The (display) case of the Ruby Slippers

Many noses are pressed against the case that houses Dorothy's Ruby Slippers each day. The famous shoes from The Wizard of Oz attract a lot of attention—the site of many selfies and squeals during the gallery's opening weekend.

But how many people notice the case that holds them? Very few.

Acting like a "preservation chamber," it does much more than provide security for the precious shoes. It keeps all 20 materials in the Ruby Slippers in an ideal environment to preserve them for generations to come.

Here's what's special about the case of the Ruby Slippers.

In a display case, the Ruby Slippers, kitten heels covered in red sequins with a bow. Behind them, "We're not in Kansas anymore" quote in white, all-caps, bold typeface on a mural that is green with big, red poppies.
Back on display after a trip to the museum's Conservation Lab, the Ruby Slippers sparkle in a new, hard-working display case.

Finding just the right environment for an 80-year-old pair of shoes

Each material in the Ruby Slippers reacts to temperature and humidity differently, so identifying the perfect environment for long-term preservation was a big challenge for Objects Conservator Dawn Wallace and Chief Conservator Richard Barden. To determine the conditions preferred by each material, Wallace and Barden worked with scientists at the Smithsonian's Museum Conservation Institute to identify the materials and research their particular needs. Most of the materials are organic—the leather in the shoes' construction, the gelatin in the sequins—and those can be tricky because they can be very sensitive to some humidity and temperature ranges.

After identifying ideal conditions for each material, it was a game of finding just the right compromise. Many materials require a cooler temperature with a steady humidity level around 47–50%. If the humidity level drops too low, other materials may become brittle.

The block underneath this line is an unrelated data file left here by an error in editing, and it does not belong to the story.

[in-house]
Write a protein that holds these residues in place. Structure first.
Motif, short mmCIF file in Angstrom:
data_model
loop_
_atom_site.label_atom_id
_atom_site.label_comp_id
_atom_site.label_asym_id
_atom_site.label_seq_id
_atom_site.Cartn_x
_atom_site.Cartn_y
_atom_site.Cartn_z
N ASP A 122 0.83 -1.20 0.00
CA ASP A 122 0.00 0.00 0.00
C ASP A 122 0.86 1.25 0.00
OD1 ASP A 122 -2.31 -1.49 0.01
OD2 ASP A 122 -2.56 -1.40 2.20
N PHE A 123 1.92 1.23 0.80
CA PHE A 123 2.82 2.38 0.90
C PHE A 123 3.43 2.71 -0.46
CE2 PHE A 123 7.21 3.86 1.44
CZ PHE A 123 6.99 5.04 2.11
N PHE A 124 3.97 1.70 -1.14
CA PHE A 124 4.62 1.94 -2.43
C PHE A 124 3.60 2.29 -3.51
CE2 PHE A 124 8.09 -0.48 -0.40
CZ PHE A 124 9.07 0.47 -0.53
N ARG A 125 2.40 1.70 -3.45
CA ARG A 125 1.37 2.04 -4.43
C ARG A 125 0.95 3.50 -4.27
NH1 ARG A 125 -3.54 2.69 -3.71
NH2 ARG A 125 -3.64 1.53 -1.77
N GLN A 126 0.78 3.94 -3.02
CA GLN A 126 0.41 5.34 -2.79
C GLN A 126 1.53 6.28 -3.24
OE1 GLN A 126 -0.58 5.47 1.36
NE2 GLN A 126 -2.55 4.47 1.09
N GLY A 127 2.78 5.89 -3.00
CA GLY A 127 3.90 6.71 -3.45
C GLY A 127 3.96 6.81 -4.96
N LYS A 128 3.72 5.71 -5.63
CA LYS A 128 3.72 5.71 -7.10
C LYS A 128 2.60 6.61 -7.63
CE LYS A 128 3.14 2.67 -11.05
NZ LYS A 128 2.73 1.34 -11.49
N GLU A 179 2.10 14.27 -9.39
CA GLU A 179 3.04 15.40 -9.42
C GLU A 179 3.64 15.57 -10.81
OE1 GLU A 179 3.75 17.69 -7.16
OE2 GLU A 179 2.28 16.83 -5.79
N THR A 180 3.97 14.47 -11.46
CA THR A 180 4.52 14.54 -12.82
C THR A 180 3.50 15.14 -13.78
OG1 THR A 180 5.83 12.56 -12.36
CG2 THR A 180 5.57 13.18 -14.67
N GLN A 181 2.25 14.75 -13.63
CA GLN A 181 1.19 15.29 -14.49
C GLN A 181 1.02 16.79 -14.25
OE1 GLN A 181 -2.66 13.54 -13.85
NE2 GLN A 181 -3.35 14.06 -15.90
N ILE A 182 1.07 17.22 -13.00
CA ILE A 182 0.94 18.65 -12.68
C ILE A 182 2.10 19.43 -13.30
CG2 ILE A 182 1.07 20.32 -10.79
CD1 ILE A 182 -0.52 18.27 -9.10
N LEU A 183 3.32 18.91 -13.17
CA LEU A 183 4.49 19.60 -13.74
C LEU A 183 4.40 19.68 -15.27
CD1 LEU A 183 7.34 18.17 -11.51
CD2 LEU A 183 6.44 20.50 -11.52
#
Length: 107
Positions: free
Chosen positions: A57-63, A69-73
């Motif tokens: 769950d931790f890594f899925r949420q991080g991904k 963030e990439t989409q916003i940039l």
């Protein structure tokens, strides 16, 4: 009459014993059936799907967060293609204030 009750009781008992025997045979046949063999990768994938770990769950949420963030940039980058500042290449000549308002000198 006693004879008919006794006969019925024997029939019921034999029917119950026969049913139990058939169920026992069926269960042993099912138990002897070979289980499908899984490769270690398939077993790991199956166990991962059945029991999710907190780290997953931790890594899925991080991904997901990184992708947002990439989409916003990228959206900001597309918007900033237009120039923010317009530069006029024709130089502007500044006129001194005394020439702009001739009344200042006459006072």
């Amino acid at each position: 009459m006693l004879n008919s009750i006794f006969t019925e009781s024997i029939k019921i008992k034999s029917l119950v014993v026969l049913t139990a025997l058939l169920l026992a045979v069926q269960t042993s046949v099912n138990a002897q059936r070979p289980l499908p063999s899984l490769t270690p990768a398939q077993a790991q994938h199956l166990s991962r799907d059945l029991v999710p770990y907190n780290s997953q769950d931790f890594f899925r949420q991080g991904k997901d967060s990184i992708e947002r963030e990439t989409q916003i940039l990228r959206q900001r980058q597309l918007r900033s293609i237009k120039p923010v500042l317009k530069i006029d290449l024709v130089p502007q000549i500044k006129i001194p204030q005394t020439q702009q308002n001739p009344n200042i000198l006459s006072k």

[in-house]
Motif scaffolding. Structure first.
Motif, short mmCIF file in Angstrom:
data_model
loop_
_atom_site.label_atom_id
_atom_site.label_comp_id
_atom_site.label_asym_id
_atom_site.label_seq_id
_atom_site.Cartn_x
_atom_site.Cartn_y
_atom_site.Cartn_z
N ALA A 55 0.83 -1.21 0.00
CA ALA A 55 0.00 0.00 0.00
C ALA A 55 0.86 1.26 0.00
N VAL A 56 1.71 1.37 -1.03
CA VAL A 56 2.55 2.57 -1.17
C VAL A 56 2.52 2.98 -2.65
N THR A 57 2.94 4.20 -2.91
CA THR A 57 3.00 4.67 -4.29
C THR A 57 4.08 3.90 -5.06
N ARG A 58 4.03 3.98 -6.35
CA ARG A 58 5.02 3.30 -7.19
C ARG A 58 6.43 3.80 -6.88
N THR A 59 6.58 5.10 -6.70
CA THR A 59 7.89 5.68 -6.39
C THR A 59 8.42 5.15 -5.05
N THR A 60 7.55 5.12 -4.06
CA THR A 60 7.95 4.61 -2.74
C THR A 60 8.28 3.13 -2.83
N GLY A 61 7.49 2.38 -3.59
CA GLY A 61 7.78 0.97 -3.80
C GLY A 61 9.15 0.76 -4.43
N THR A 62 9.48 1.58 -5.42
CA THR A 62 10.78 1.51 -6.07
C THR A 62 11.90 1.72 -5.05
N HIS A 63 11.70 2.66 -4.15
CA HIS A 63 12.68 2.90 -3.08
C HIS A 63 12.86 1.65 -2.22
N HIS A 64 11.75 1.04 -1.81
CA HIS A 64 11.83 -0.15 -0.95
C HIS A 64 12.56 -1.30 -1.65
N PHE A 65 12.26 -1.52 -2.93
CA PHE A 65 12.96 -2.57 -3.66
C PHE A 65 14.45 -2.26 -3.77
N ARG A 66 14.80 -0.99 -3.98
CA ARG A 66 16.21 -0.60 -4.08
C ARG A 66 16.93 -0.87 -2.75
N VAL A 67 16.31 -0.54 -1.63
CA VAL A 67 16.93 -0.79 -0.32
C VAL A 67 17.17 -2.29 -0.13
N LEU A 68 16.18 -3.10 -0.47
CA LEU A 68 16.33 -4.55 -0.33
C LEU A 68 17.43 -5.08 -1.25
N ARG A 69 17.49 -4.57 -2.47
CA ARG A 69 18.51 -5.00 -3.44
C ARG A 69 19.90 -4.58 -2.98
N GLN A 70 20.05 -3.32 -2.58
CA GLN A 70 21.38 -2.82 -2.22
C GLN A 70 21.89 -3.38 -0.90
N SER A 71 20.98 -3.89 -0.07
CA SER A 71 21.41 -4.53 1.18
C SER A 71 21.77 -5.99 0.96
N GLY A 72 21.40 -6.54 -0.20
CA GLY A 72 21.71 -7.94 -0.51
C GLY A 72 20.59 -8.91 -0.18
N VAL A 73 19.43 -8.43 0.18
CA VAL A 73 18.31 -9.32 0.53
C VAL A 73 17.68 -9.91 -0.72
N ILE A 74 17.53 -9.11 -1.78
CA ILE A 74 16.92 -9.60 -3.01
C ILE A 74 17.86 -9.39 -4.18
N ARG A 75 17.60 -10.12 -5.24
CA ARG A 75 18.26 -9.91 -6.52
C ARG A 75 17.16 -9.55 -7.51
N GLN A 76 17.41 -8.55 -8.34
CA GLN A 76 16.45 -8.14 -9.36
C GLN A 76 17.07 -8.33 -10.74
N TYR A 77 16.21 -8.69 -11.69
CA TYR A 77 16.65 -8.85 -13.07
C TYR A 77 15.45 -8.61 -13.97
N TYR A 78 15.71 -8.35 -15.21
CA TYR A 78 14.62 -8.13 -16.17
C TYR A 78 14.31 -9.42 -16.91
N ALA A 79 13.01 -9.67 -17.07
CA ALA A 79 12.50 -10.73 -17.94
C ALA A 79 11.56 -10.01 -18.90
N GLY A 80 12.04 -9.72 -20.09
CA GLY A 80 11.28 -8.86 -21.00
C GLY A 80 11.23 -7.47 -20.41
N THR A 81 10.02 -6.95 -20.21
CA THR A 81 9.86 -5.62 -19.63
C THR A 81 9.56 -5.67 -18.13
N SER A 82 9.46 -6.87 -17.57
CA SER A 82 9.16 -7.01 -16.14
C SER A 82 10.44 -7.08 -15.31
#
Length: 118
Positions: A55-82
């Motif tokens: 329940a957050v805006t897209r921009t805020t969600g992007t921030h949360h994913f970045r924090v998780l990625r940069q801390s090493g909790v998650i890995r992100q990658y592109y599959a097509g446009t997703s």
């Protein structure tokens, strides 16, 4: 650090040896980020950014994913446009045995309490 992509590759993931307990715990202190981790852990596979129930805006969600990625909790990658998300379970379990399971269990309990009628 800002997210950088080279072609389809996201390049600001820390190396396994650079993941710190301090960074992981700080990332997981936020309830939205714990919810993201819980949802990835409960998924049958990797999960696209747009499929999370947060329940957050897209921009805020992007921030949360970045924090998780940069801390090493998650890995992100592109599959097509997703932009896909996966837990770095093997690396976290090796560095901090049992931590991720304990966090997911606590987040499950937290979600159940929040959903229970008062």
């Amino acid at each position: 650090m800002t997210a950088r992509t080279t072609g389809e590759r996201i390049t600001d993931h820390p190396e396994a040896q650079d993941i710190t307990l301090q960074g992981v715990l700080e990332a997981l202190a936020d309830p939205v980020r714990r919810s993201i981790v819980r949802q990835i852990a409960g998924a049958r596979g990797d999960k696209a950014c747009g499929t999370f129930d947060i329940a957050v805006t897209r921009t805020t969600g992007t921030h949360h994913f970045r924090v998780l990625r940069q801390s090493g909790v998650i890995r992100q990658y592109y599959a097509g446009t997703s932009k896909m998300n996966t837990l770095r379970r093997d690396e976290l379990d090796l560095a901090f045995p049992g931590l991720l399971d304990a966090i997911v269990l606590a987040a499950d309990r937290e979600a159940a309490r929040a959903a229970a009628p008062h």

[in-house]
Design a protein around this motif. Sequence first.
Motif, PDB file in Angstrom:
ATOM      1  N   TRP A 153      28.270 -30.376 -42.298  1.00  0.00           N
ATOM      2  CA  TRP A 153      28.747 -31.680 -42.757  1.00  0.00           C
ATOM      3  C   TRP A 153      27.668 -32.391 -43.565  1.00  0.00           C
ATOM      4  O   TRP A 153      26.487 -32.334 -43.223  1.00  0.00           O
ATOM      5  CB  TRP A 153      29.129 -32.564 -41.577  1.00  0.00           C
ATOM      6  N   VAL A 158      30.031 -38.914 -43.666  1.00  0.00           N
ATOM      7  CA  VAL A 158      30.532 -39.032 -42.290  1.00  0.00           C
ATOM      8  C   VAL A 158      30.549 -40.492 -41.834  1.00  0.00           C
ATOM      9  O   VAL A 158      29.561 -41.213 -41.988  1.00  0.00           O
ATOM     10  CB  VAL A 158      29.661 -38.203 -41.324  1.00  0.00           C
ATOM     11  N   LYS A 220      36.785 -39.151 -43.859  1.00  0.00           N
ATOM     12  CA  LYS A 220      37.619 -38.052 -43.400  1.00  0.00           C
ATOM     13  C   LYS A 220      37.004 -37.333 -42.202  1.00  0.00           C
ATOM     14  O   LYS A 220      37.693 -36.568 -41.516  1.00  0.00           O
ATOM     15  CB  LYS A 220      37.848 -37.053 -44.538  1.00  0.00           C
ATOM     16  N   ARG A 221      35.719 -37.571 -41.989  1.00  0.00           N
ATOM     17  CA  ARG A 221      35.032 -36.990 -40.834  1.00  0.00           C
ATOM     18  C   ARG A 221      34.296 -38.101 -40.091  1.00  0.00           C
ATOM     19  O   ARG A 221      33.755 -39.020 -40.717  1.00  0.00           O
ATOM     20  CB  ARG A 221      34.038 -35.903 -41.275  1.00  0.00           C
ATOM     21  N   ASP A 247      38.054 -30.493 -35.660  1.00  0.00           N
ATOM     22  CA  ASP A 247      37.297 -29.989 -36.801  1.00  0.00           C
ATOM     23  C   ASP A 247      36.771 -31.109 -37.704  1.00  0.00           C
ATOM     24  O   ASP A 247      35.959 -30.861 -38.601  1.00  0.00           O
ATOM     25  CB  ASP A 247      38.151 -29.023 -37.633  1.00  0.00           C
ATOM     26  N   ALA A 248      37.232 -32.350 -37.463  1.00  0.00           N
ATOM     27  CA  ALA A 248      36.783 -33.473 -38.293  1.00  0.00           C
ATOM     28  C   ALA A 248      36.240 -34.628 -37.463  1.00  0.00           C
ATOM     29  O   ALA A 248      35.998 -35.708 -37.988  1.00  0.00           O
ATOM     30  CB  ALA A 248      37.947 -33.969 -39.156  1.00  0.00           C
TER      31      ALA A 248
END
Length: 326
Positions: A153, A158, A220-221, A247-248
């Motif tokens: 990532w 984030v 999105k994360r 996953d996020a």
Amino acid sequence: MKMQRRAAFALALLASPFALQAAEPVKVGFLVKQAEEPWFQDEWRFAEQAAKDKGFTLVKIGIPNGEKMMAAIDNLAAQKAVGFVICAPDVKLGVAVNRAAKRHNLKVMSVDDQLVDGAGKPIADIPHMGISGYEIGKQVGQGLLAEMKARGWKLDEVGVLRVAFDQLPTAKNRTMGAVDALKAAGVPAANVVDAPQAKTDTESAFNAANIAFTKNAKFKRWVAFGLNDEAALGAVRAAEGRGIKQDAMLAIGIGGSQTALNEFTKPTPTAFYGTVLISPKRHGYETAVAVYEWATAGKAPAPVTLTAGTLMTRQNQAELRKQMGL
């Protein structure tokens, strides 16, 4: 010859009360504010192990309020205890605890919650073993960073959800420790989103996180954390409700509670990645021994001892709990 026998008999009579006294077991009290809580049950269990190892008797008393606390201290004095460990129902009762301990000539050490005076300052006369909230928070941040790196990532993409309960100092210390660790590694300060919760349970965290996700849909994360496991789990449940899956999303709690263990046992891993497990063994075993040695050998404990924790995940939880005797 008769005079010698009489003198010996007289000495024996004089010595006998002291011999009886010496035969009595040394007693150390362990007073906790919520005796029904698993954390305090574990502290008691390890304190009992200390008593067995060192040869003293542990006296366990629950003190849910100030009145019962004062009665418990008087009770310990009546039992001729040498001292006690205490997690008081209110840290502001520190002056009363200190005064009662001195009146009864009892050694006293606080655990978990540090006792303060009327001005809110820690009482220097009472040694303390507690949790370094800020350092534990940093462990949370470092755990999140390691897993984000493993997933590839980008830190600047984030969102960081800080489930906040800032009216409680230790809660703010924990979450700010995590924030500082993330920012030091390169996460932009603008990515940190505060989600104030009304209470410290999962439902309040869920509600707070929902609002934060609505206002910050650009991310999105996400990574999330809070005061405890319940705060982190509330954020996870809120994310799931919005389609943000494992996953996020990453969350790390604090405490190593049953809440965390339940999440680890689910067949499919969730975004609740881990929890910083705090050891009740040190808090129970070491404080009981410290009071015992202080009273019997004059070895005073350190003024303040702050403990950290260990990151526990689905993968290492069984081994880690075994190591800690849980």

Woman wearing purple latex gloves presses gently into the inside of one of the Ruby Slippers into a case.
Objects Conservator Dawn Wallace installs the Ruby Slippers in the museum's new gallery.

Lights! Camera! No wait, LESS lights! 

Light is one of the most damaging environmental factors and has to be minimized, but visitors also need to be able to see and appreciate Dorothy's sparkling shoes. The case's glass protects the shoes against harmful ultraviolet wavelengths.

Keep it steady

Once Wallace and Barden had the light, temperature, and humidity settings just right, their work wasn't done—and it never will be. Maintaining a steady environment with minimal fluctuations is critical. In Washington, D.C., we have heat waves, snow days, and lots of unpredictable weather in between. Our Preservation Services team will be monitoring carefully to make sure conditions for the Ruby Slippers remain optimal. The Ruby Slippers' case provides that data in real time and can detect sudden changes. It will notify staff so they can set things right.

Keep out the bad guys

Yes, protecting against theft is important. Another pair of Ruby Slippers was stolen from a Minnesota museum in 2005 and recently recovered—and we take object security extremely seriously. But there are other baddies we need to keep at bay: pollutants. Dust and other environmental pollutants are not welcome in the case, thanks to a sophisticated system to filter out harmful particles. After Wallace individually cleaned each sequin with a tiny vacuum, she's especially motivated to keep this pair of shoes as clean as possible.

Ruby Slippers in a case with a black bottom and clear top. Rectangular. Gallery has a green circle on the floor with grey around it. "There's no place like home" in white on wall with mural of red poppies on green background.
Surrounded by a curtain and a mural featuring big, colorful poppies, the Ruby Slippers gallery is carefully lit to maximize visibility while protecting the objects.

Don't steal the spotlight

Despite the many components working hard within the case to keep the Ruby Slippers preserved, the case's exterior remains sleek to give the shoes the spotlight. The case fits attractively into the gallery's overall design without calling attention to itself. When the Ruby Slippers move to our entertainment exhibition, the case will work seamlessly into its new setting.

So when you come to admire the Ruby Slippers, take a moment to behold the case that preserves them. Everyone at the museum is especially thankful for our "Keep Them Ruby" Kickstarter backers who not only supported the conservation of Dorothy's shoes but also helped us provide them with this hardworking, sophisticated case.

Group photo in front of a colorful mural. Many smiling staff members, most of them wearing red shoes. One in front has a section of prop yellow brick road.
The museum's staff members pose with their red shoes to celebrate the return of the Ruby Slippers.

Erin Blasco manages the museum's social media and blog. She highly recommends this blog post on 10 things you should know about exhibition installation

The Museum extends its thanks to supporters of the Ruby Slippers conservation effort through Kickstarter.